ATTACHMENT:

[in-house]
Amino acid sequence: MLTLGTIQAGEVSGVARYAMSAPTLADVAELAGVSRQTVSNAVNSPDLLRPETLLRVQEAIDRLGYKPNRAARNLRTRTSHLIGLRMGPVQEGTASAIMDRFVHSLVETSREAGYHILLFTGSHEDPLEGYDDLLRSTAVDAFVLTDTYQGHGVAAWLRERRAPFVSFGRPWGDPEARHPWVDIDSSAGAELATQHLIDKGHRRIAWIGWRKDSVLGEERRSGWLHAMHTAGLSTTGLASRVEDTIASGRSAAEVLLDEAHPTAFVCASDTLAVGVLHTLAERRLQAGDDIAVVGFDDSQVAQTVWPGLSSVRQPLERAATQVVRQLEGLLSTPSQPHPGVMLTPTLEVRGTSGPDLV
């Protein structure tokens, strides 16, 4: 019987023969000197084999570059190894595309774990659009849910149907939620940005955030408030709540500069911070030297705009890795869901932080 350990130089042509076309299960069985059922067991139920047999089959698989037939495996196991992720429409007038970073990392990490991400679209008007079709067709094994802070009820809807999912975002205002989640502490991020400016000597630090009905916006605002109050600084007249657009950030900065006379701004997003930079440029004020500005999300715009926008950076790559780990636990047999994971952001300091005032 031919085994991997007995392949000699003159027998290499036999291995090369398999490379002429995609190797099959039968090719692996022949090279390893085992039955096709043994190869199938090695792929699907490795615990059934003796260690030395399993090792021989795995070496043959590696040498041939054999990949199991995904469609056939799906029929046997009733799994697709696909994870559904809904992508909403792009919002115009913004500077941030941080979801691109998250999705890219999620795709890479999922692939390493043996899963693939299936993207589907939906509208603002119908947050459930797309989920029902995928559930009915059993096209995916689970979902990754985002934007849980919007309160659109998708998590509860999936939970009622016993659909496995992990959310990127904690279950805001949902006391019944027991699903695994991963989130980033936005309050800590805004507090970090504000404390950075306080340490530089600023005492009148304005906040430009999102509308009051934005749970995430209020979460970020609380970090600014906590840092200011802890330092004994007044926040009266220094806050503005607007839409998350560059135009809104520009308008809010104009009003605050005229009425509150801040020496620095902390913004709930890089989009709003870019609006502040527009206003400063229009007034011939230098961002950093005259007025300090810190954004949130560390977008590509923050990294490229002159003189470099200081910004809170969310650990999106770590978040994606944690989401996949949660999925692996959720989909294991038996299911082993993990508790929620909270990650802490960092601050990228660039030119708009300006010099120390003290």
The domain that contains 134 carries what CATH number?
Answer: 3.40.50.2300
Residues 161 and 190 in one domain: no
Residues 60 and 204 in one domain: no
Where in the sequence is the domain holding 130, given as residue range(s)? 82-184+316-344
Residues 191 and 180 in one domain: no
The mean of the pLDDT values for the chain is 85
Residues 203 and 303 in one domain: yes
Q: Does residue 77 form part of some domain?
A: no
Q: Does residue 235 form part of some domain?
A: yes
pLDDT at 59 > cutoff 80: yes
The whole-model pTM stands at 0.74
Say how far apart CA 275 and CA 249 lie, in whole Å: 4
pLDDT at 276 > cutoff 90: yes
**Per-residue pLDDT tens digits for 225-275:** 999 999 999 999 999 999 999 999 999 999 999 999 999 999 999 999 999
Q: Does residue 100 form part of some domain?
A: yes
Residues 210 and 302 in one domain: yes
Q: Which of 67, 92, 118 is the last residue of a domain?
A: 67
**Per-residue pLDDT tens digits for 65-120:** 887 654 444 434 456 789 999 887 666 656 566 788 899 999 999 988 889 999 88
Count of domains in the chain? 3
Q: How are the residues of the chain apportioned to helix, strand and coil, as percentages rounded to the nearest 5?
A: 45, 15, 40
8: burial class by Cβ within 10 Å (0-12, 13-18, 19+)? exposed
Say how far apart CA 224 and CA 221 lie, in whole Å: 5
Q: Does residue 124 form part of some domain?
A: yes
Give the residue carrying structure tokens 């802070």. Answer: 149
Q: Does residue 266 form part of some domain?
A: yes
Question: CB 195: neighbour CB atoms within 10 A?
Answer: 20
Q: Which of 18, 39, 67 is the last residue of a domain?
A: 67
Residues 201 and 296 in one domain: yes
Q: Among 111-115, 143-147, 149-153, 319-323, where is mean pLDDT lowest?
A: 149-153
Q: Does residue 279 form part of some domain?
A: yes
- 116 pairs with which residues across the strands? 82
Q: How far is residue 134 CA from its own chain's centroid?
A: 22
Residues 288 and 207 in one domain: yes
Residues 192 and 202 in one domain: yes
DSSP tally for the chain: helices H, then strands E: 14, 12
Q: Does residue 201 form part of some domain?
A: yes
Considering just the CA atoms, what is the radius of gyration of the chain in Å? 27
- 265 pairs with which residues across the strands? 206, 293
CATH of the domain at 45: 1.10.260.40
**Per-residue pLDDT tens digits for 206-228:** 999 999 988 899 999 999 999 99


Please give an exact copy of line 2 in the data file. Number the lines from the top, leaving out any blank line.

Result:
Amino acid sequence: MLTLGTIQAGEVSGVARYAMSAPTLADVAELAGVSRQTVSNAVNSPDLLRPETLLRVQEAIDRLGYKPNRAARNLRTRTSHLIGLRMGPVQEGTASAIMDRFVHSLVETSREAGYHILLFTGSHEDPLEGYDDLLRSTAVDAFVLTDTYQGHGVAAWLRERRAPFVSFGRPWGDPEARHPWVDIDSSAGAELATQHLIDKGHRRIAWIGWRKDSVLGEERRSGWLHAMHTAGLSTTGLASRVEDTIASGRSAAEVLLDEAHPTAFVCASDTLAVGVLHTLAERRLQAGDDIAVVGFDDSQVAQTVWPGLSSVRQPLERAATQVVRQLEGLLSTPSQPHPGVMLTPTLEVRGTSGPDLV